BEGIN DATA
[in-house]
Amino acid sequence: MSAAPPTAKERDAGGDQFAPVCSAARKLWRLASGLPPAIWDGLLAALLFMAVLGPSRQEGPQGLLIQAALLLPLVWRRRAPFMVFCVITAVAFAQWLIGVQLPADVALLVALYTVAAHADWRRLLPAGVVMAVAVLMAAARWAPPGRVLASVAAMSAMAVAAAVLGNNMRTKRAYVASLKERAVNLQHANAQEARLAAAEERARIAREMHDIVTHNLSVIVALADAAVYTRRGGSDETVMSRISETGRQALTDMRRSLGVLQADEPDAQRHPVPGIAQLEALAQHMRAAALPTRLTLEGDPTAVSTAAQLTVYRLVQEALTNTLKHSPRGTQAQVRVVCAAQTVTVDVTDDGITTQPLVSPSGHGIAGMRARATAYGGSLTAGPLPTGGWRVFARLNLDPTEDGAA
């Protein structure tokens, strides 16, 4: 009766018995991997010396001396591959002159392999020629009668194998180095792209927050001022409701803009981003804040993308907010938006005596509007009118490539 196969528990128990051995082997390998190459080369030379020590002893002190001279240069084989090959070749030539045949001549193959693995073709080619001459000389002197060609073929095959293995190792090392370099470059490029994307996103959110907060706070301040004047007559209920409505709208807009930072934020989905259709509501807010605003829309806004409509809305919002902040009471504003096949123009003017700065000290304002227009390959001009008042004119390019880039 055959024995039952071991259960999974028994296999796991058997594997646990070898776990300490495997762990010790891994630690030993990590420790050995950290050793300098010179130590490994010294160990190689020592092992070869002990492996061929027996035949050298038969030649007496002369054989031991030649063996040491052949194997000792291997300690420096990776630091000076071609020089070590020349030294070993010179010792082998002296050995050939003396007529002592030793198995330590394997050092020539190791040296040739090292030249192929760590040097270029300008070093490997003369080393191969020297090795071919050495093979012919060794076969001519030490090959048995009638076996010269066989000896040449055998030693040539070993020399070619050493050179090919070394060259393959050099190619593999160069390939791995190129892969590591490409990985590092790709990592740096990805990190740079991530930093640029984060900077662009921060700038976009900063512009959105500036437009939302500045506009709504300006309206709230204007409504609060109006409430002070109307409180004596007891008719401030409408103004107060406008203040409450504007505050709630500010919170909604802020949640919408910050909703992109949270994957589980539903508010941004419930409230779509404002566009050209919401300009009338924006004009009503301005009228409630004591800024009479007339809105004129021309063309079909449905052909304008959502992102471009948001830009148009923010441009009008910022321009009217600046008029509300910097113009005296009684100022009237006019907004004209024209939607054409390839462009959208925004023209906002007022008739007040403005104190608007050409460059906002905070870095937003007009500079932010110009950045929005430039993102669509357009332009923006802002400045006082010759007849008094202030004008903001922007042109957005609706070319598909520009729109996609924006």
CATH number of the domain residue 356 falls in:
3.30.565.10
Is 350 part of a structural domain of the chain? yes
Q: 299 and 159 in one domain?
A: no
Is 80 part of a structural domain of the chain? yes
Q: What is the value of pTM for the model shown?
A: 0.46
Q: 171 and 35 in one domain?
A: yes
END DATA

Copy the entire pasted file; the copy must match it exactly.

[in-house]
Amino acid sequence: MSAAPPTAKERDAGGDQFAPVCSAARKLWRLASGLPPAIWDGLLAALLFMAVLGPSRQEGPQGLLIQAALLLPLVWRRRAPFMVFCVITAVAFAQWLIGVQLPADVALLVALYTVAAHADWRRLLPAGVVMAVAVLMAAARWAPPGRVLASVAAMSAMAVAAAVLGNNMRTKRAYVASLKERAVNLQHANAQEARLAAAEERARIAREMHDIVTHNLSVIVALADAAVYTRRGGSDETVMSRISETGRQALTDMRRSLGVLQADEPDAQRHPVPGIAQLEALAQHMRAAALPTRLTLEGDPTAVSTAAQLTVYRLVQEALTNTLKHSPRGTQAQVRVVCAAQTVTVDVTDDGITTQPLVSPSGHGIAGMRARATAYGGSLTAGPLPTGGWRVFARLNLDPTEDGAA
């Protein structure tokens, strides 16, 4: 009766018995991997010396001396591959002159392999020629009668194998180095792209927050001022409701803009981003804040993308907010938006005596509007009118490539 196969528990128990051995082997390998190459080369030379020590002893002190001279240069084989090959070749030539045949001549193959693995073709080619001459000389002197060609073929095959293995190792090392370099470059490029994307996103959110907060706070301040004047007559209920409505709208807009930072934020989905259709509501807010605003829309806004409509809305919002902040009471504003096949123009003017700065000290304002227009390959001009008042004119390019880039 055959024995039952071991259960999974028994296999796991058997594997646990070898776990300490495997762990010790891994630690030993990590420790050995950290050793300098010179130590490994010294160990190689020592092992070869002990492996061929027996035949050298038969030649007496002369054989031991030649063996040491052949194997000792291997300690420096990776630091000076071609020089070590020349030294070993010179010792082998002296050995050939003396007529002592030793198995330590394997050092020539190791040296040739090292030249192929760590040097270029300008070093490997003369080393191969020297090795071919050495093979012919060794076969001519030490090959048995009638076996010269066989000896040449055998030693040539070993020399070619050493050179090919070394060259393959050099190619593999160069390939791995190129892969590591490409990985590092790709990592740096990805990190740079991530930093640029984060900077662009921060700038976009900063512009959105500036437009939302500045506009709504300006309206709230204007409504609060109006409430002070109307409180004596007891008719401030409408103004107060406008203040409450504007505050709630500010919170909604802020949640919408910050909703992109949270994957589980539903508010941004419930409230779509404002566009050209919401300009009338924006004009009503301005009228409630004591800024009479007339809105004129021309063309079909449905052909304008959502992102471009948001830009148009923010441009009008910022321009009217600046008029509300910097113009005296009684100022009237006019907004004209024209939607054409390839462009959208925004023209906002007022008739007040403005104190608007050409460059906002905070870095937003007009500079932010110009950045929005430039993102669509357009332009923006802002400045006082010759007849008094202030004008903001922007042109957005609706070319598909520009729109996609924006």
CATH number of the domain residue 356 falls in:
3.30.565.10
Is 350 part of a structural domain of the chain? yes
Q: 299 and 159 in one domain?
A: no
Is 80 part of a structural domain of the chain? yes
Q: What is the value of pTM for the model shown?
A: 0.46
Q: 171 and 35 in one domain?
A: yes